Gelf Magazine - Looking over the overlooked

The Blurbs

February 27, 2009

'Grueling To Sit Through'

In this week's edition of The Blurbs—the feature in which we take a close look at those critic blurbs that are a fixture of ads for movies—see breakdowns of blurbs for 'Must Read After My Death,' 'Madea Goes to Jail,' 'Examined Life,' and more.

David Goldenberg

The critic blurb is a staple of arts advertising. Yet if you look behind some blurbs, you'll find quotes out of context, quote whores, and other questionable ad practices. Blurb Racket exposes the truth behind critics blurbs in movie ads from the New York Times. Movie titles link to, which compiles movie reviews in a far-more honest way than do movie ads. See the inaugural Blurb Racket column for background and useful links, and find out what critics think of the racket.

"It's as cold, stony and laconic as New England itself."—Kyle Smith of the New York Post on Must Read After My Death

Must Read After My Death (Gigantic)
Metacritic Score: 74

Kyle Smith, New York Post: "Riveting!"
Actual line: "… spare but riveting …"
Not quoted: "As with 'Capturing the Friedmans,' the documentary is grueling to sit through. Yet the greasy, guilty thrill of being privy to your neighbors' most intimate dramas makes it impossible to stop watching. And like that film, this one concludes with a dank mystery—in this case, an unexplained death. Despite its searing frankness, the story ultimately closes down to outsiders—as cold, stony and laconic as New England itself."

Manohla Dargis, New York Times: "Fascinating and disquieting!"
Actual line: "… an alternately fascinating and disquietingly intimate portrait of a 1960s American family falling apart."
Not quoted: "…after listening to the nonstop venting by Allis, Charley and their increasingly miserable sons—Mr. [Morgan] Dews's mother, the family's only daughter, Anne, left as soon as she could—you yearn for another voice, any voice, to cut in and offer the family a dissenting opinion, a word of advice, something. … while I admire how Mr. Dews has constructed his movie on a formal level, I can't help but wonder how his grandmother would feel if she knew her family's trauma has been repackaged for our queasy consumption."

Madea Goes to Jail (Lionsgate)
Metacritic Score: 50

No blurbs on this shakily-reviewed film's full-page ad. No surprise there: Madea doesn't seem to need critical praise in order to prosper.

Examined Life
Examined Life (Zeitgeist)
Metacritic Score: 66

New York Magazine: "Energetic…inspired…fun!"
Actual line: "Energetic documentary takes nine contemporary thinkers (Cornel West, Slavoj Žižek, Martha Nussbaum among them) and films them as they walk and talk, trying to reconnect their thoughts to the world in which they live. The results are fun, but, as might be imagined, the insights range from the inspired to the insipid."
Fun…with…ellipses! For stringing together the three positive adjectives from a mixed review, this ad wins Gelf's Bogus Blurb of the Week Award.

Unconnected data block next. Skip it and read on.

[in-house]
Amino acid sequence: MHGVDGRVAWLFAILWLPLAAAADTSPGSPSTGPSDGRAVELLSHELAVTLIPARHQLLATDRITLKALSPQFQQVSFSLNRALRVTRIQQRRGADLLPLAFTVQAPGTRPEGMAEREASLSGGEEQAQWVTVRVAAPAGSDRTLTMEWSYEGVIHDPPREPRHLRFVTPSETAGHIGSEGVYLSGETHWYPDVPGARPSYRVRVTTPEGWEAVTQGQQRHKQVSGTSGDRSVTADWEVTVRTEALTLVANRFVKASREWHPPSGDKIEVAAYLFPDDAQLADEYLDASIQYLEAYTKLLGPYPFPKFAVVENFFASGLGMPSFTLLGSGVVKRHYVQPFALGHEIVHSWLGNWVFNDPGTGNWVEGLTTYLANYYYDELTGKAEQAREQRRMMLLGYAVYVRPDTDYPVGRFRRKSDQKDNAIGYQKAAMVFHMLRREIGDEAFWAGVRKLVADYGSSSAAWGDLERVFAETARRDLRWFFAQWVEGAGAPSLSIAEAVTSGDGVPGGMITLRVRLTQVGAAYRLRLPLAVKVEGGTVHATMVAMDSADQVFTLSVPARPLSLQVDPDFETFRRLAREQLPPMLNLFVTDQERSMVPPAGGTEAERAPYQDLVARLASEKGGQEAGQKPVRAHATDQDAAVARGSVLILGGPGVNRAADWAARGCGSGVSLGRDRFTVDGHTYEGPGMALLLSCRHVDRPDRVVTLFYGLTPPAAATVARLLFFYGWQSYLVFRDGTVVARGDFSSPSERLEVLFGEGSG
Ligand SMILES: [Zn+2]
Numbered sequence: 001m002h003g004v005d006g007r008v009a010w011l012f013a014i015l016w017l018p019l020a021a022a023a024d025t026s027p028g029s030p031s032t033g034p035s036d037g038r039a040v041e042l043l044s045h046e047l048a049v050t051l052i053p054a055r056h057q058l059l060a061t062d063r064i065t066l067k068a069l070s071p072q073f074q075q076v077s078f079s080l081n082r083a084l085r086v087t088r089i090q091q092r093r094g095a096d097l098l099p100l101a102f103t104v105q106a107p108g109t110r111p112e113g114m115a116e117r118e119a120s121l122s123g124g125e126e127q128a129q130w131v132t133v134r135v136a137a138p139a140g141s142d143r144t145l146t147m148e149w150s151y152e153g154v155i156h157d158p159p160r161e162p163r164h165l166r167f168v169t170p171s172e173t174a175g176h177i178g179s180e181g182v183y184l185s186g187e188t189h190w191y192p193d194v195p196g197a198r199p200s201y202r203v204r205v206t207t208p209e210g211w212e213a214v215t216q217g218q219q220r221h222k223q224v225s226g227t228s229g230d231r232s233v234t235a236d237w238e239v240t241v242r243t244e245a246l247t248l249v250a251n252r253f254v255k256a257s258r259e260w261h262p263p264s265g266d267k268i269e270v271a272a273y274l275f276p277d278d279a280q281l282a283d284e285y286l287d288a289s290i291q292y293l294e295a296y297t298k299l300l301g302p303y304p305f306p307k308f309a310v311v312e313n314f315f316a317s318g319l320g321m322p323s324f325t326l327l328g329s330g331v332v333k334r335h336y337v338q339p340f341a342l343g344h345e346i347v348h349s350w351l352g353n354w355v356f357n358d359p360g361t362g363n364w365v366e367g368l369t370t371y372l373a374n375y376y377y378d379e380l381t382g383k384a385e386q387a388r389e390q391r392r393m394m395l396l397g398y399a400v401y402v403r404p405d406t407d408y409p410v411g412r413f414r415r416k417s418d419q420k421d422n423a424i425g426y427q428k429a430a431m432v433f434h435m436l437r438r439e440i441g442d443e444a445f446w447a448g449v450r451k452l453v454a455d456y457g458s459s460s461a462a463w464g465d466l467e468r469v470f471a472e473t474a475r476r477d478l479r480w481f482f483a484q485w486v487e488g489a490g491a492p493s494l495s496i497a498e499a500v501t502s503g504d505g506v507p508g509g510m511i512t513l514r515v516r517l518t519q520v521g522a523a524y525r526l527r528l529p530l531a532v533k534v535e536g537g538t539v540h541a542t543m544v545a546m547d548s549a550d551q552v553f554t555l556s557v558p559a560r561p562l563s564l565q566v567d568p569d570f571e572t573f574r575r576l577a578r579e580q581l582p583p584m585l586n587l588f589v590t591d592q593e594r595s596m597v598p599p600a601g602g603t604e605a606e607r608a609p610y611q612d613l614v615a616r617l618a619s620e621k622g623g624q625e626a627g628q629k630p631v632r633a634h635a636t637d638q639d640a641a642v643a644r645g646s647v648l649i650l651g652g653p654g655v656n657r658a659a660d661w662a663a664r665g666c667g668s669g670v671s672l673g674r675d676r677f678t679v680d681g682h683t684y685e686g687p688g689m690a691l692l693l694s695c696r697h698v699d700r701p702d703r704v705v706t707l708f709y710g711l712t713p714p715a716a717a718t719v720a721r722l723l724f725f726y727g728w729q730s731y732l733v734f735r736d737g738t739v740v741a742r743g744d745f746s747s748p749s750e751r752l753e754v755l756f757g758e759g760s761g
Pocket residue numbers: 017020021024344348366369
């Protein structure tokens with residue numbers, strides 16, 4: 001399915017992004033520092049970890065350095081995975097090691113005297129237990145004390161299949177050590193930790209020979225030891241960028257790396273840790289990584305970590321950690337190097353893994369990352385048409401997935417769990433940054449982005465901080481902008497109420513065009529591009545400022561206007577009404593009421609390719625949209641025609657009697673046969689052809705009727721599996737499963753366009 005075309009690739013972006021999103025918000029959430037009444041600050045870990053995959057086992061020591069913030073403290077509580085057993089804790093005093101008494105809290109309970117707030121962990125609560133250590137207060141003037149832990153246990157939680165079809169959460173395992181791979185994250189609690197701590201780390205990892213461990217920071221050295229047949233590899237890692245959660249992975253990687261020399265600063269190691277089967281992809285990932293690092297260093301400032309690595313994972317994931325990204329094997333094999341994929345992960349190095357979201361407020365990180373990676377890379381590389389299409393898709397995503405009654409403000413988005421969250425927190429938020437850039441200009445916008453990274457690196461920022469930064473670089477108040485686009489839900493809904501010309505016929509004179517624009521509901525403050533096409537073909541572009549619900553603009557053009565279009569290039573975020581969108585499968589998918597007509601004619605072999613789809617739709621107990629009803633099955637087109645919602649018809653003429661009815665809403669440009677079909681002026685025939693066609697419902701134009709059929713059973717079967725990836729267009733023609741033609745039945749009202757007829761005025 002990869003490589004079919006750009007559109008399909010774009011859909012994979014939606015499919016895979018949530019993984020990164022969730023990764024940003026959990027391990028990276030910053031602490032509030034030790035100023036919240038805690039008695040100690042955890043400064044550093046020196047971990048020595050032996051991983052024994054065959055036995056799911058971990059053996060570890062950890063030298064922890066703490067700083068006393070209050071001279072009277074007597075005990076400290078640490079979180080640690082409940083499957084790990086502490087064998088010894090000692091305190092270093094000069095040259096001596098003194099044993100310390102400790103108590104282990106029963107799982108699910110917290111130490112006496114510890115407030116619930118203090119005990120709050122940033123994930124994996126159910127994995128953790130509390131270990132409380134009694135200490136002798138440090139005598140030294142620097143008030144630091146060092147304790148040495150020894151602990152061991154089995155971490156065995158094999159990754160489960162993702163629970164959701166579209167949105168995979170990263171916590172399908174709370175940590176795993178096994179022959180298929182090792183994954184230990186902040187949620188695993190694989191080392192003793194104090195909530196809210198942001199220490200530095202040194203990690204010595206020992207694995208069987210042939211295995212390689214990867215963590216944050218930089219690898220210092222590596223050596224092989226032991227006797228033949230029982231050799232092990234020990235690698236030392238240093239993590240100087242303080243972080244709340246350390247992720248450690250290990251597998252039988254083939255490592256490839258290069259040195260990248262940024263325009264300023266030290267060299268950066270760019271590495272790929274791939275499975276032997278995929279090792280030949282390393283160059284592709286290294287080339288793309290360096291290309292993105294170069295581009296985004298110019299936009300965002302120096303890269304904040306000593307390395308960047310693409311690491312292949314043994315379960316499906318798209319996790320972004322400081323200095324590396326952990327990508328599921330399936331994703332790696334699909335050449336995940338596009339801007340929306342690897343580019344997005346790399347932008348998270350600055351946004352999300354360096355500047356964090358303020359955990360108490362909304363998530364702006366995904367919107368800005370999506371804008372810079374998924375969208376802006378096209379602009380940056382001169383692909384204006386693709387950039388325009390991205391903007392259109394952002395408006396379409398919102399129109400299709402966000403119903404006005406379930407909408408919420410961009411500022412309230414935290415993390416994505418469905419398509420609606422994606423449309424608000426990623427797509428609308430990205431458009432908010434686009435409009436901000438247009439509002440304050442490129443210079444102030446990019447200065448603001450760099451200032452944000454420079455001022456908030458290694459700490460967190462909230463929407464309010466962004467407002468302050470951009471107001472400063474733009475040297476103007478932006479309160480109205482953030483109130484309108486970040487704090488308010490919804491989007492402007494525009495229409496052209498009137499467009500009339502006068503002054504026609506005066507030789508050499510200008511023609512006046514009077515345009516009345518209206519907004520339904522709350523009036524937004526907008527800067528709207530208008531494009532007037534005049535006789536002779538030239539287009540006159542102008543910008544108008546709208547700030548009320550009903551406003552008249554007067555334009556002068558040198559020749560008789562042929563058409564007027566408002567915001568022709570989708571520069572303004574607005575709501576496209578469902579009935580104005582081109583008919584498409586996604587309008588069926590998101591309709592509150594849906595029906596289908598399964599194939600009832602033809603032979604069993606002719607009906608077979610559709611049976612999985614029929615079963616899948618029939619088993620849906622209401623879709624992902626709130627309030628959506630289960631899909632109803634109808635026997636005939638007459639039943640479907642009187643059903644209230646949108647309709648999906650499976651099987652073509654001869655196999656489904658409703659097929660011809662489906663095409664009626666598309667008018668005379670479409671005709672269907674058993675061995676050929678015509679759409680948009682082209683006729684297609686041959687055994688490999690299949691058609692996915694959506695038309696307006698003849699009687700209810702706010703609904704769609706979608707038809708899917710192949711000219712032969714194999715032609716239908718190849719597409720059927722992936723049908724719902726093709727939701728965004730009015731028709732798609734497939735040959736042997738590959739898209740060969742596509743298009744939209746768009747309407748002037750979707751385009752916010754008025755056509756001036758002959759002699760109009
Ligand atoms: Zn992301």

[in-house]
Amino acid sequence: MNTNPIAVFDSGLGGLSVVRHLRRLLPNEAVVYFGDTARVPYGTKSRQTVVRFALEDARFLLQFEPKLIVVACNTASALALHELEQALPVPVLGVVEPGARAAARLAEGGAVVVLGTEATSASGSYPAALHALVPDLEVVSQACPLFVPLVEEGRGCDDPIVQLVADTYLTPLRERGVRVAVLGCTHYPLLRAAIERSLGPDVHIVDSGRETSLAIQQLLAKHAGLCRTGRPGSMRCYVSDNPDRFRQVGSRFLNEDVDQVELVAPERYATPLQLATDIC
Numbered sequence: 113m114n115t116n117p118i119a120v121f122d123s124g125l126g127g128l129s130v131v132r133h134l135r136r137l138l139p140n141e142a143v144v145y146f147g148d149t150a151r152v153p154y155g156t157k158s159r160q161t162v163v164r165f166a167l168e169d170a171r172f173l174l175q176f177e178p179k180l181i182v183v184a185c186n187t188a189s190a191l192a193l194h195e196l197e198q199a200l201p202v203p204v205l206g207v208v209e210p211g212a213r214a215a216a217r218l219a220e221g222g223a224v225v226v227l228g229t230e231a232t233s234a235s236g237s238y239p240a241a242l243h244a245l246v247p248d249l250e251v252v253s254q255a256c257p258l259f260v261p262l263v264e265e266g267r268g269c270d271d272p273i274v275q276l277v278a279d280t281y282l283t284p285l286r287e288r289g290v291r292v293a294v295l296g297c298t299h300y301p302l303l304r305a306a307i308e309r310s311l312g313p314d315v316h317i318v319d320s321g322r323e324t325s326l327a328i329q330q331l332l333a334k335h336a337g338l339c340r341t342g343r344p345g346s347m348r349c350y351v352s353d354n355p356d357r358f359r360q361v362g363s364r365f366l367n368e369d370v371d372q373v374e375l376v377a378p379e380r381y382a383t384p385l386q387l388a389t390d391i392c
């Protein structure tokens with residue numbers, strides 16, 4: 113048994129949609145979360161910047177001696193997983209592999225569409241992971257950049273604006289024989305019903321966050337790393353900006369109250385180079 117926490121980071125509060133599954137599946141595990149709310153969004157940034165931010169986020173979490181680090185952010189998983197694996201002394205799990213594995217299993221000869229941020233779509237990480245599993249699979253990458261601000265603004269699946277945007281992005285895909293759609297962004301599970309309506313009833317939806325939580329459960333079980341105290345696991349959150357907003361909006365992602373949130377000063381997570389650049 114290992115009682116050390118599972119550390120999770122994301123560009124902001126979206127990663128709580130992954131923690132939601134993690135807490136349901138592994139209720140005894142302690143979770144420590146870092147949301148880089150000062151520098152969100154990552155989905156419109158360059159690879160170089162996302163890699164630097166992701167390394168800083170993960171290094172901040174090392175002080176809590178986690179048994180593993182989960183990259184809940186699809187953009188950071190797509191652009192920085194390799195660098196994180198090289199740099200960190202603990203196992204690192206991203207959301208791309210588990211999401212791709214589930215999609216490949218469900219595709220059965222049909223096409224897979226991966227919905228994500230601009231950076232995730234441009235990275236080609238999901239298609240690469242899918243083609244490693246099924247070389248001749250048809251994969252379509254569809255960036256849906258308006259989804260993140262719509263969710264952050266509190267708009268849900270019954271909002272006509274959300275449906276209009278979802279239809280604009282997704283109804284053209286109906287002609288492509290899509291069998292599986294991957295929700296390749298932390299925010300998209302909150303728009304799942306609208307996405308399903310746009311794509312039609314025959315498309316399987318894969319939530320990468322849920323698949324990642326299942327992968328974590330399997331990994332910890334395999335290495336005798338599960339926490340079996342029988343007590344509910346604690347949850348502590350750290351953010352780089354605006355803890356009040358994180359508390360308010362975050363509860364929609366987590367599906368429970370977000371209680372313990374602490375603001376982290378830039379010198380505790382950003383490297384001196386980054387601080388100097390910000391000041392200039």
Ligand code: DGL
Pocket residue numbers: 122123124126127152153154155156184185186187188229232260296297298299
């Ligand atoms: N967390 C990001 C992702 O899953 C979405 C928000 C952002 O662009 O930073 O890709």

Scott Macaulay, Filmmaker: "This film is good for your soul! A must-see cinematic tonic for these confusing times."
At least Macaulay acknowledged the blurb-readiness of his review, starting it with, "Okay, here's a pull quote you won't often get from me: this film is good for your soul."

An American Affair
An American Affair (Screen Media)
Metacritic Score: 31

Avi Offer, "Captivating, witty and poignant. Gretchen Mol sizzles."
Not quoted: "… a few of the plot's twists come across as slightly contrived in the way that they unfold …"

Crossing Over
Crossing Over (MGM, Weinstein Co.)
Metacritic Score: 32

Pete Hammond, "Harrison Ford is terrific. An engrossing, thoroughly entertaining movie with great performances from a first-rate-ensemble cast."
Not quoted: "… it's not ultimately as successful as Crash …"
As usual, Hammond raves about a movie he gives only three stars.

Katyn (Artificial Eye)
Metacritic Score: 79

J. Hoberman, Village Voice: "Fascinating! Poland's greatest filmmaker caps his career with the story he waited most of his life to tell."
Not quoted: "Katyn alternates between scenes of tremendous power and sequences most kindly described as dutiful. It's as if the artist is never certain whether he is making this movie for himself, his father, or the entire nation. … Katyn is directed for maximum gravitas, but often trips over the script's clumsy transitions. Turning from wide-screen spectacle to close-up characterization, the direction falters, despite the facility of the actors. … The narrative is complicated and elliptical."

David Goldenberg

David Goldenberg is the co-founder and editor of Gelf, and the host of Geeking Out, Gelf's monthly science speaking series.

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Article by David Goldenberg

David Goldenberg is the co-founder and editor of Gelf, and the host of Geeking Out, Gelf's monthly science speaking series.

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